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House of the Masks on Delos island

The House of the Masks …

 

The Temple of Isis on Delos Island

The Temple of Isis …

 

House of Hermes on Delos Island

The House of Hermes …

 

House of Dionysus on Delos island

… intricate mosaics, like this one in the House of Dionysus …

 

The Agora of the Competialists on Delos Island

… and ruins and antiquities practically everywhere you step, like these in the Agora of the Competialists, will enthrall you for hours on Delos

 

Delos Archaeological Museum

And when you need a break from the intense summer sun, you can cool off while viewing hundreds of sculptures, mosaics, frescoes and antiquities …

 

Delian lions

… including the original marble Delian lions, now displayed in their own special gallery inside the Delos Archaeological Museum

 

Ruins and treasures aplenty:  If you’re a big history and archaeology buff, a half-day excursion to Delos probably won’t offer nearly enough time to explore the vast outdoor ruins, let alone the treasures inside the Delos Archaeological Museum. There’s plenty to see, and after three separate visits we still haven’t seen it all.

But visiting Delos involves a lot of walking, usually under a hot, bright sun, and that makes it even more challenging to view as many of the island’s highlight attractions as possible in just one trip.

 

Hordes of tourists at the four houses with mosaics

Competing for viewing space with hordes of people in huge guided tour groups certainly doesn’t help, either. When we took a guided tour in 2006, we practically got trampled trying to see some of the spectacular mosaic floors at the four famous houses — the House of Dionysus, the House of the Tritons, the House of the Dolphins and the House of the Masks. About half a dozen different tour groups, with up to 50 people in each, converged on the houses at nearly the same time. There was some pushing and shoving as people from different groups tried to squeeze past each other to view or photograph the mosaics, and I couldn’t begin to count the number of times that I got bumped and jostled or had my feet stomped by other tourists trying to get in front of, behind or around me. It wasn’t pleasant, and I only got brief glimpses of some of the mosaics. The floor mosaic in the House of Dionysus was the only one I was actually able to photograph.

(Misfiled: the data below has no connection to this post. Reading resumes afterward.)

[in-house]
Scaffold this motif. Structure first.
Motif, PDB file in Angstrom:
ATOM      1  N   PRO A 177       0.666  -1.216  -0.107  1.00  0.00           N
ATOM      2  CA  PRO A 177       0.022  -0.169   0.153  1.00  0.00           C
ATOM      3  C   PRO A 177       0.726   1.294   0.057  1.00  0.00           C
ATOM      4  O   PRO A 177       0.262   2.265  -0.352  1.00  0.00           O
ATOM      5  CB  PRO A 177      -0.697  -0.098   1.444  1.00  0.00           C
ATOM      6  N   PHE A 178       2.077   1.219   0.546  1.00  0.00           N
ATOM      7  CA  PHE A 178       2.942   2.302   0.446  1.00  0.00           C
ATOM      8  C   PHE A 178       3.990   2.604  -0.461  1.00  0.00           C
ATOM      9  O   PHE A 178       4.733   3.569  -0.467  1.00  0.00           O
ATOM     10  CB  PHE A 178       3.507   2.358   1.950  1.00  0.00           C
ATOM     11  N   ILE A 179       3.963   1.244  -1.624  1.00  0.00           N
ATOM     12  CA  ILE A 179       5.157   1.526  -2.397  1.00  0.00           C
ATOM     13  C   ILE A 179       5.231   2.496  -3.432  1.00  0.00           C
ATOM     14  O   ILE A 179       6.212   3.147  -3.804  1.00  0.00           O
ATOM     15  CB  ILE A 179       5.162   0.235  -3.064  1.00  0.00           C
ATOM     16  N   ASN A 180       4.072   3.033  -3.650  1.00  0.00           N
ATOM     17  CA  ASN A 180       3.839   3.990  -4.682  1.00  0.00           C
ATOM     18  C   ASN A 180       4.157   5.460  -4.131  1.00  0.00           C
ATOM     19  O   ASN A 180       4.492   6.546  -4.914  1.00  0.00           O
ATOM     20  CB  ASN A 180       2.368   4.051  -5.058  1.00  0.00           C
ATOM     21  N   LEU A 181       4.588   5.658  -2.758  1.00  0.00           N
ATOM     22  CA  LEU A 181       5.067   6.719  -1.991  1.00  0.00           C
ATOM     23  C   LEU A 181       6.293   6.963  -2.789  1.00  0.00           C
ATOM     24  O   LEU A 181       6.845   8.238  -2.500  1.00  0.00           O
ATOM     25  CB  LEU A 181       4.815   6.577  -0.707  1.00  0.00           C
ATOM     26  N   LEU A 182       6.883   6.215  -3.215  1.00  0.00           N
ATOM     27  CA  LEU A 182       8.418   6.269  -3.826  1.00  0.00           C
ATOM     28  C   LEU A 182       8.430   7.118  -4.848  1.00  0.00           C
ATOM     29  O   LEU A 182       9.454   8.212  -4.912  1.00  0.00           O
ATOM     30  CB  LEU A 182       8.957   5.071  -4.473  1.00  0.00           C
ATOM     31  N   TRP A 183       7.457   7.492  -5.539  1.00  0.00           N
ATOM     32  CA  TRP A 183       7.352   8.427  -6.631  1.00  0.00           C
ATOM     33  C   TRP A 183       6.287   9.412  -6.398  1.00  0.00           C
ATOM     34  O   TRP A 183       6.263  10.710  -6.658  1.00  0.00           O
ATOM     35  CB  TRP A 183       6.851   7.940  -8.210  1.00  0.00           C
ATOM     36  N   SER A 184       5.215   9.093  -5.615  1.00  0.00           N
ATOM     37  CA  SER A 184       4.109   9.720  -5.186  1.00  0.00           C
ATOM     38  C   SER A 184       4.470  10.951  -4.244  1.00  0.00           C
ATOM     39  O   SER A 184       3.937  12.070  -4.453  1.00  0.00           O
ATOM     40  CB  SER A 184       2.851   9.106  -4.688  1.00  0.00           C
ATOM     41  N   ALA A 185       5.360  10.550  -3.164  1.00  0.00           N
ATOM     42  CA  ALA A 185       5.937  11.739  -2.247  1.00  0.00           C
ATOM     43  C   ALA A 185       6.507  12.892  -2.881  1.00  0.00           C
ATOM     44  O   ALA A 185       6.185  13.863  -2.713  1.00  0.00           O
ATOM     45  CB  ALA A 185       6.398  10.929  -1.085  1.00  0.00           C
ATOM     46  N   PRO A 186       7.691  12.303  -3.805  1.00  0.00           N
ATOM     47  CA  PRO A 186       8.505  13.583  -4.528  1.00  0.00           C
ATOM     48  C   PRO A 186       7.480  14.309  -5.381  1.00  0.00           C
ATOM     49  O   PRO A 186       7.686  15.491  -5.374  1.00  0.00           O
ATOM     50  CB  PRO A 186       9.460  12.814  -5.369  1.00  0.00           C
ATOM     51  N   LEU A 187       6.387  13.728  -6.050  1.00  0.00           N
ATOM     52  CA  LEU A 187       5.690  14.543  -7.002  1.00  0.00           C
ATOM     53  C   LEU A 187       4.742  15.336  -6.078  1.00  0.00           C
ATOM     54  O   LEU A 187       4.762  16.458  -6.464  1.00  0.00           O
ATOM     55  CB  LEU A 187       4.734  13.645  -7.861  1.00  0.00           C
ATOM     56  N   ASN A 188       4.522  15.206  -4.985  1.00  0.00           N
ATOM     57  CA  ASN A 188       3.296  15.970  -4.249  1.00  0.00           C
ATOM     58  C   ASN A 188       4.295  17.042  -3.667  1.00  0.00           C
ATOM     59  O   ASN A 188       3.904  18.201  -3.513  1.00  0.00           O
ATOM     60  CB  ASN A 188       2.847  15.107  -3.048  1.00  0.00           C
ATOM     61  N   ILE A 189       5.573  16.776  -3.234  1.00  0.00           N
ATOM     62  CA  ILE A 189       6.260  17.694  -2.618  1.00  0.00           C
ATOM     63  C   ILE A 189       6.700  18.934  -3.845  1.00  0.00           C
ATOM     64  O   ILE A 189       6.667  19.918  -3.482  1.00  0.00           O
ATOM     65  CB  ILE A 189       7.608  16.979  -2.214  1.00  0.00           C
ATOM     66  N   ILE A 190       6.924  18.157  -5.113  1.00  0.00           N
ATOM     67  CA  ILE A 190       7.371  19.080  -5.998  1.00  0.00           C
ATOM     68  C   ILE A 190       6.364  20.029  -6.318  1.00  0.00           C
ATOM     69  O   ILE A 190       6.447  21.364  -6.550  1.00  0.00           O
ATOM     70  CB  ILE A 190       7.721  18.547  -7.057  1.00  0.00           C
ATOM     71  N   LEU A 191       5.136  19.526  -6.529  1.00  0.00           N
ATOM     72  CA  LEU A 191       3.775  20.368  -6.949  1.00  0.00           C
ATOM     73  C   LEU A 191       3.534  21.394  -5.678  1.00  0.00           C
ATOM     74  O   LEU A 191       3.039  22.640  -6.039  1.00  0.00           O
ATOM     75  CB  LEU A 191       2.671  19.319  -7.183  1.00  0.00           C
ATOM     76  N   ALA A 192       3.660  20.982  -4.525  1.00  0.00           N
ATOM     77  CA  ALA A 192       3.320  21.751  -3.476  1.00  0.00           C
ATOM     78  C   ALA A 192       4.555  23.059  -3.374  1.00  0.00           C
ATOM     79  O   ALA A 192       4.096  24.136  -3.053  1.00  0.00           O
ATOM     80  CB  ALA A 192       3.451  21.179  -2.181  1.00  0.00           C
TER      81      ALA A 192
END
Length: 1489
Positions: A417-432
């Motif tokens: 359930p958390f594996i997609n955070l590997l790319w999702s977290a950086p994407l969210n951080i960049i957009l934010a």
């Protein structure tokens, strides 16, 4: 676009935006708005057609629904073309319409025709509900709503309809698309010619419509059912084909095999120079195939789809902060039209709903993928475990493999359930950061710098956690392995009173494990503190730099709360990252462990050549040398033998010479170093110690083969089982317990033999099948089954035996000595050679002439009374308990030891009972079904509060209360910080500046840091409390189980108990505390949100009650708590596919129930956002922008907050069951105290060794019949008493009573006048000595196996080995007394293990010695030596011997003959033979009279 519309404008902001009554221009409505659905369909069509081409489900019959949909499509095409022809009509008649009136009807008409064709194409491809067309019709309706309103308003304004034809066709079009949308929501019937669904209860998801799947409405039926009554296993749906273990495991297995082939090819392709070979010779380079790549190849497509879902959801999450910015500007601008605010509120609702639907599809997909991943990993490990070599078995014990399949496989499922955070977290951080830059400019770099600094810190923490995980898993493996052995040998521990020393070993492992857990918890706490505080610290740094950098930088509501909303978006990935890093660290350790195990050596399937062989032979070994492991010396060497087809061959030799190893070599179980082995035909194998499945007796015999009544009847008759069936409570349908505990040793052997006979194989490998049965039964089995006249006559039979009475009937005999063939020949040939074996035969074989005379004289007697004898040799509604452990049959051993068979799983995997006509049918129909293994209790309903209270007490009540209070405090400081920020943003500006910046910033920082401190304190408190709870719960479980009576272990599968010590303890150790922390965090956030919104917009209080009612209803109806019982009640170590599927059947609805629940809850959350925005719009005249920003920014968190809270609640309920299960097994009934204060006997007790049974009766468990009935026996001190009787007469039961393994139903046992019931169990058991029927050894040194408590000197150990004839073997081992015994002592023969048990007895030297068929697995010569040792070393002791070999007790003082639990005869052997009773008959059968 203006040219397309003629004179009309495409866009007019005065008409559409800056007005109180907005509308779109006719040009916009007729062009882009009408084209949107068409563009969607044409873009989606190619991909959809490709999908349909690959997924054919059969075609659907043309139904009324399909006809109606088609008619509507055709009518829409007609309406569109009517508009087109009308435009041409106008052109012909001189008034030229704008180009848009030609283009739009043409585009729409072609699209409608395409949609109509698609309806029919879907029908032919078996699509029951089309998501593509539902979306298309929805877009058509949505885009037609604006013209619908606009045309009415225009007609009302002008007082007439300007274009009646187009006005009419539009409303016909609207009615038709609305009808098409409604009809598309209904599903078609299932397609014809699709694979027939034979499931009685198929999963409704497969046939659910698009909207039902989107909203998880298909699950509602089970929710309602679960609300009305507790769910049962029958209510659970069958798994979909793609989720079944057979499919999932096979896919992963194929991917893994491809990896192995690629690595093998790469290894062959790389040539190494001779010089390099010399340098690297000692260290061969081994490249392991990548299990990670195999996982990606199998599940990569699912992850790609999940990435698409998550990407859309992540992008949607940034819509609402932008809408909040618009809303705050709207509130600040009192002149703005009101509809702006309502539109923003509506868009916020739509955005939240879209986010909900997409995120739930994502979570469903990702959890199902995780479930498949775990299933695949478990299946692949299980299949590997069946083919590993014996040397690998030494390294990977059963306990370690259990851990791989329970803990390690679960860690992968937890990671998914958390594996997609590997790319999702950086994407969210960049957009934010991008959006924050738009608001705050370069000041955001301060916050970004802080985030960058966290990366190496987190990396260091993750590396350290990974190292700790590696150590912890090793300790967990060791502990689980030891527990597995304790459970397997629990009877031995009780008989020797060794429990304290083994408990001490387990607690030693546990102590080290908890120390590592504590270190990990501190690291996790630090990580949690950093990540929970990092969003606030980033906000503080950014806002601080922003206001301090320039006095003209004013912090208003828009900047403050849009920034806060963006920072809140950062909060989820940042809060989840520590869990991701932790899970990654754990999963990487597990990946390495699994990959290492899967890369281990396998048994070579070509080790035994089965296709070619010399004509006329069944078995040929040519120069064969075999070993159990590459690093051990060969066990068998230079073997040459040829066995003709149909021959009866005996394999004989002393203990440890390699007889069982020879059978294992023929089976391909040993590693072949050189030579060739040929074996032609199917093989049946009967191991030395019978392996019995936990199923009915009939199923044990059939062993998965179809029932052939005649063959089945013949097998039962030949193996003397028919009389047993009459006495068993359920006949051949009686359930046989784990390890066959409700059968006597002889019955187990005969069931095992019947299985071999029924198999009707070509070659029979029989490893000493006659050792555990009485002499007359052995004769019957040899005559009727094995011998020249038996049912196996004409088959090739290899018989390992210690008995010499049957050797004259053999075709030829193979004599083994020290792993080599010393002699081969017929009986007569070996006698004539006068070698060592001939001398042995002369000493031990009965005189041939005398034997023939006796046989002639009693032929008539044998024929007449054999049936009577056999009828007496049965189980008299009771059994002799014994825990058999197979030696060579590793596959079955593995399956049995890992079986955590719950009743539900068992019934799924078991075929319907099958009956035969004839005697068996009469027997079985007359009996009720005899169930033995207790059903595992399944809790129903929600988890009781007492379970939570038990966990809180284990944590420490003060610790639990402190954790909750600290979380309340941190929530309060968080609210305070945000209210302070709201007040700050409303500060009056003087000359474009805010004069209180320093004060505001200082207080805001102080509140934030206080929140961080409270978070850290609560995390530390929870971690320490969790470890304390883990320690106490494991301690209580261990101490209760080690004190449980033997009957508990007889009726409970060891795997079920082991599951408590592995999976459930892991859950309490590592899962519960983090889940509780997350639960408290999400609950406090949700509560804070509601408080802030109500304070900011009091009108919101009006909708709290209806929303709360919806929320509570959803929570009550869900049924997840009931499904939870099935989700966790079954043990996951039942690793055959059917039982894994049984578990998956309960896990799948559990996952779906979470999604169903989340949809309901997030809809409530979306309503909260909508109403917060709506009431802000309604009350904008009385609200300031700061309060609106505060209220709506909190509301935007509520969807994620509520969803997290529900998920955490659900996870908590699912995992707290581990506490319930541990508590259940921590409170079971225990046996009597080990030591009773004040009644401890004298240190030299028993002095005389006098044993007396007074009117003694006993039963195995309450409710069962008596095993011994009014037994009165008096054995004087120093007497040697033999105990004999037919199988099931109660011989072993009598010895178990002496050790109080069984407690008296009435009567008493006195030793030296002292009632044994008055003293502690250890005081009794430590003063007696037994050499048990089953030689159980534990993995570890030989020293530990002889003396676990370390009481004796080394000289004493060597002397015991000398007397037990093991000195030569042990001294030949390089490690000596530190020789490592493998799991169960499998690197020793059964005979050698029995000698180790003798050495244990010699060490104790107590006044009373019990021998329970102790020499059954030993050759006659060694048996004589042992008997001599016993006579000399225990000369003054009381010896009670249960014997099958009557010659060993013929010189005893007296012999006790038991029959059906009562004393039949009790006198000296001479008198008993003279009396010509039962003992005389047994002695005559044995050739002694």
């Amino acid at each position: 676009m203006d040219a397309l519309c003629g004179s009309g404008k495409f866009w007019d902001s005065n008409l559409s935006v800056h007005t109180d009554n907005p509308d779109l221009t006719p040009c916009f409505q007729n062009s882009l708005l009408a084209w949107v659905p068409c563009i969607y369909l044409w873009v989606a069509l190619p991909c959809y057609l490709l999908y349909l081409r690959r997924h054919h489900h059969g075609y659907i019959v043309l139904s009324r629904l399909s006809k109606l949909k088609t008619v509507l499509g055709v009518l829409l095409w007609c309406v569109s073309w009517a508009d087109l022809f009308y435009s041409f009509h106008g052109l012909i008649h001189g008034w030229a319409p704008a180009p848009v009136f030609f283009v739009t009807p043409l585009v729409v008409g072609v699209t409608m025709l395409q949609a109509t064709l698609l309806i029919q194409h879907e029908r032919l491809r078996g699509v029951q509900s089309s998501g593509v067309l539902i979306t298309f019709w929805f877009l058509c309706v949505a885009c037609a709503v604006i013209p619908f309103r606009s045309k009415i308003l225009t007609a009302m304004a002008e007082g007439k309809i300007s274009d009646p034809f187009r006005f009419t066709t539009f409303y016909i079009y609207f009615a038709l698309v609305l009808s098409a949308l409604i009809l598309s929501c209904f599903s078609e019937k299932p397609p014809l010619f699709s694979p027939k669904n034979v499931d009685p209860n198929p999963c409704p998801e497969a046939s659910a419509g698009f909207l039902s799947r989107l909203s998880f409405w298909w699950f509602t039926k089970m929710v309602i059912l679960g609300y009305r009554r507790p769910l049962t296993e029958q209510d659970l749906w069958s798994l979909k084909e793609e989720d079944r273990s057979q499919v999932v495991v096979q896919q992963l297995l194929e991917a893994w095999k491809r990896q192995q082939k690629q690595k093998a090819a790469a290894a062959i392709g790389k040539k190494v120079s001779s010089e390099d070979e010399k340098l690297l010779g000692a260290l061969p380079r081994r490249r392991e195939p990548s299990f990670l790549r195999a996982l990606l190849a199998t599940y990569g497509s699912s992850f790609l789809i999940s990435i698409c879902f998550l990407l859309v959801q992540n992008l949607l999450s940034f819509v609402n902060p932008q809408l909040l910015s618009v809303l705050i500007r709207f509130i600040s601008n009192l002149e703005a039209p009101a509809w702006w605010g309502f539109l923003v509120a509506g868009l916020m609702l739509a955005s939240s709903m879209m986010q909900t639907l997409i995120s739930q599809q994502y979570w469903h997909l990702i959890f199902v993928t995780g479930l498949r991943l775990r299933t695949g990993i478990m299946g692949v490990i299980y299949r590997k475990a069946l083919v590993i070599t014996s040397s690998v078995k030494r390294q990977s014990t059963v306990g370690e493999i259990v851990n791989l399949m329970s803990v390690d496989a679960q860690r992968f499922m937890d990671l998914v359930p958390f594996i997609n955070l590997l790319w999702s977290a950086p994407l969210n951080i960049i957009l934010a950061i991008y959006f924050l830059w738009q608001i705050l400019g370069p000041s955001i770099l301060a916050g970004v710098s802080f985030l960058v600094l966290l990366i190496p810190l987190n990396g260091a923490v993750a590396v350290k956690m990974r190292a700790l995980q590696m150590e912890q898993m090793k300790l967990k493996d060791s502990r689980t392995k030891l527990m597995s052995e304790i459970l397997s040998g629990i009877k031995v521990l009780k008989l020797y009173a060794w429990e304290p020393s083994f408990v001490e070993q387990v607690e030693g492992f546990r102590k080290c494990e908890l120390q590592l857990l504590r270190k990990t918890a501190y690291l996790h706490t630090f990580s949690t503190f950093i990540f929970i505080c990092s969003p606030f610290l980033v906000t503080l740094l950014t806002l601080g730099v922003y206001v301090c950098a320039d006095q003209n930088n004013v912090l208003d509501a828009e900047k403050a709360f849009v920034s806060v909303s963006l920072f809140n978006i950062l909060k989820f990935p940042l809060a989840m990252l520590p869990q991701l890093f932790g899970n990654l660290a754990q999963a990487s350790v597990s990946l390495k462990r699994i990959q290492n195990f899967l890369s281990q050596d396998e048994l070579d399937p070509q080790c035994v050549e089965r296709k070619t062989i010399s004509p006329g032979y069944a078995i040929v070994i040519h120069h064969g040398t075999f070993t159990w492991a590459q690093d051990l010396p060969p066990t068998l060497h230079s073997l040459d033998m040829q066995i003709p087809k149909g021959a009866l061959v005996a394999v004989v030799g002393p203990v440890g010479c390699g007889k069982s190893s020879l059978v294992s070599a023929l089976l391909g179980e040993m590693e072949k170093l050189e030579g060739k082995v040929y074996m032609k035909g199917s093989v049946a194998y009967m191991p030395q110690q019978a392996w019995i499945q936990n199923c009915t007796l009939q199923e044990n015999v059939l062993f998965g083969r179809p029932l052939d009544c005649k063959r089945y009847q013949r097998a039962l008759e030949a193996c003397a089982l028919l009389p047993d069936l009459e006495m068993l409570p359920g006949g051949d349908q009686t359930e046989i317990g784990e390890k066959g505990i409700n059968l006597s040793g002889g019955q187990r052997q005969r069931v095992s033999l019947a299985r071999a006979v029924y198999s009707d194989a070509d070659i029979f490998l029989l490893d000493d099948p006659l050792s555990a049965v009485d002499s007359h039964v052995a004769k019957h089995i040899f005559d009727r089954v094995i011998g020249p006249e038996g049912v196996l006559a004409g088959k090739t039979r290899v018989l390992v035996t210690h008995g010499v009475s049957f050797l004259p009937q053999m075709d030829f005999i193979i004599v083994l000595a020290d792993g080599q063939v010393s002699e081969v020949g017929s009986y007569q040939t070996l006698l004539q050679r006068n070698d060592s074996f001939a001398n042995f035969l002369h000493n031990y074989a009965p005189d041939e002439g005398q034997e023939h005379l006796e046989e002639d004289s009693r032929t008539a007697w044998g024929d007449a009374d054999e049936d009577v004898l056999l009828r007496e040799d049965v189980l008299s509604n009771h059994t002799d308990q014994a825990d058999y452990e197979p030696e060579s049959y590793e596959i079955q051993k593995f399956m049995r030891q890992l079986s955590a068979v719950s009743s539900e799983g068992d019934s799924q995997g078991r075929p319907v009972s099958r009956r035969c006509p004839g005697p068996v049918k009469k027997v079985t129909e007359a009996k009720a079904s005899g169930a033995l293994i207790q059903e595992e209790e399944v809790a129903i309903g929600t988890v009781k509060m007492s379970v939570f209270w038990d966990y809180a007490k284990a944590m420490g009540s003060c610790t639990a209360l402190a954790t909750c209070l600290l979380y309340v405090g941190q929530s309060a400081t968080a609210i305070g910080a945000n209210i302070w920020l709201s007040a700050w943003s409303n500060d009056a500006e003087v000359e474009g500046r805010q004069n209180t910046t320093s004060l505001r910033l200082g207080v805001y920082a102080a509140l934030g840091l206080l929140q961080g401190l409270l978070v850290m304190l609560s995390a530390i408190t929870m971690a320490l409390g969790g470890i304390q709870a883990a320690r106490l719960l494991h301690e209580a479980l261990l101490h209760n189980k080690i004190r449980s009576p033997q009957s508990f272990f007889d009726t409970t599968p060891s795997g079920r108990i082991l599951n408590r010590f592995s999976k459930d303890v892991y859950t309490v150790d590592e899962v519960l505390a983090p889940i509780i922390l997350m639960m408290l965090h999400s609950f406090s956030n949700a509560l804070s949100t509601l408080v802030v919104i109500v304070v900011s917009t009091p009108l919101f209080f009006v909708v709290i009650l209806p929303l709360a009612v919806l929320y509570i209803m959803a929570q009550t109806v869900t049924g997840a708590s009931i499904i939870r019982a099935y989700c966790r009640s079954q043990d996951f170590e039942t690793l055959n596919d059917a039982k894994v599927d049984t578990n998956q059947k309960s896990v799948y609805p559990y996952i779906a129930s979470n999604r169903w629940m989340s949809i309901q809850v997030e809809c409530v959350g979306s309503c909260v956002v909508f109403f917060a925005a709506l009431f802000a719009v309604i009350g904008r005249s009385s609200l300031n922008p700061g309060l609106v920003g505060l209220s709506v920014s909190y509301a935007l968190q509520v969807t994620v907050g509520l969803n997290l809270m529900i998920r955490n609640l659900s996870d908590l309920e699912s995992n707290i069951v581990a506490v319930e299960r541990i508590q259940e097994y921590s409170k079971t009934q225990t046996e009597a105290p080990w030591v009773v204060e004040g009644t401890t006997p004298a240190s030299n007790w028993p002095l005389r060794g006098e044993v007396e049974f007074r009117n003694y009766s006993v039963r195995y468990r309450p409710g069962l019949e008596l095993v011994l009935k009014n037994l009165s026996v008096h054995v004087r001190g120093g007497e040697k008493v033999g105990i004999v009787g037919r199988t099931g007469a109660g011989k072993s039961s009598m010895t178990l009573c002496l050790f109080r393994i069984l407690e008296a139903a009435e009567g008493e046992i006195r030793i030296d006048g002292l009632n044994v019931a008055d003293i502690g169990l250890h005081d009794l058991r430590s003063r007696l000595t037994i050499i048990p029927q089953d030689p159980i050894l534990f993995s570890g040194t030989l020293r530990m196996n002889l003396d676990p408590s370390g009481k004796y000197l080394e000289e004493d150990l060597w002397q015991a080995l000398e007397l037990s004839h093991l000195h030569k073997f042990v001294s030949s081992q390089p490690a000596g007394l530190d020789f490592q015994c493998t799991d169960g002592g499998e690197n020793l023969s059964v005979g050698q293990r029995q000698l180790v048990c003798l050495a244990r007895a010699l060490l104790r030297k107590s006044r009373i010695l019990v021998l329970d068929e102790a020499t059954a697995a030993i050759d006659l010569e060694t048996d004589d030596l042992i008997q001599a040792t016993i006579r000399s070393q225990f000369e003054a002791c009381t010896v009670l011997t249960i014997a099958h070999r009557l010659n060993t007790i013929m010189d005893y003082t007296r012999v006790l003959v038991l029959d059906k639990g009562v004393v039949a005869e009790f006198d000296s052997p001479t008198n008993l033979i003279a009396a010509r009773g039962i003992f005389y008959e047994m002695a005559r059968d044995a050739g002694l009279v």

Heimdall’s tip for viewing the mosaics

Heimdall, a TripAdvisor.com destination expert for Antiparos, has planned his Delos visits strategically so he has been able to view and photograph the mosaics without the crowds and hassles we have encountered. Heimdall told me he catches the very first (9 a.m. ) Delos ferry from Mykonos, and heads directly to the four houses — basically moving in the direction opposite to the one most tourists are inclined to take when they enter Delos. This plan of attack puts Heimdall at the mosaics long before the tour groups and other throngs of sightseers descend en masse, giving him a prime opportunity to shoot unobscured photos of the stunning mosaics. Sometimes he’s the first person to arrive, so he doesn’t have to worry about shadows or squeeze past other people blocking the narrow wall openings through which the mosaics can be viewed.  Be sure to check out his impressive Mykonos & Delos album on flickr. (I’ll admit I’m jealous Heimdall got those amazing pics, because I had to settle for stealing quick glances of the artwork — usually over somebody else’s shoulder!)

 

Don’t miss the museum

Many visitors don’t bother going in the Delos Archaeological Museum, preferring to explore the outdoor sites, but it’s worthwhile visiting its galleries to view the many sculptures, reliefs, mosaics, pottery, figurines, jewellery, and scores of small tools and household items that had been used in day-to-day life in ancient Greece. It’s also where you’ll see the original Delian marble lions; the ones on the outdoor Terrace of the Lions actually are replicas. (The gallery with the lions was roped off the last two times we’ve been to Delos, so we had to view and photograph the lions from several feet away. )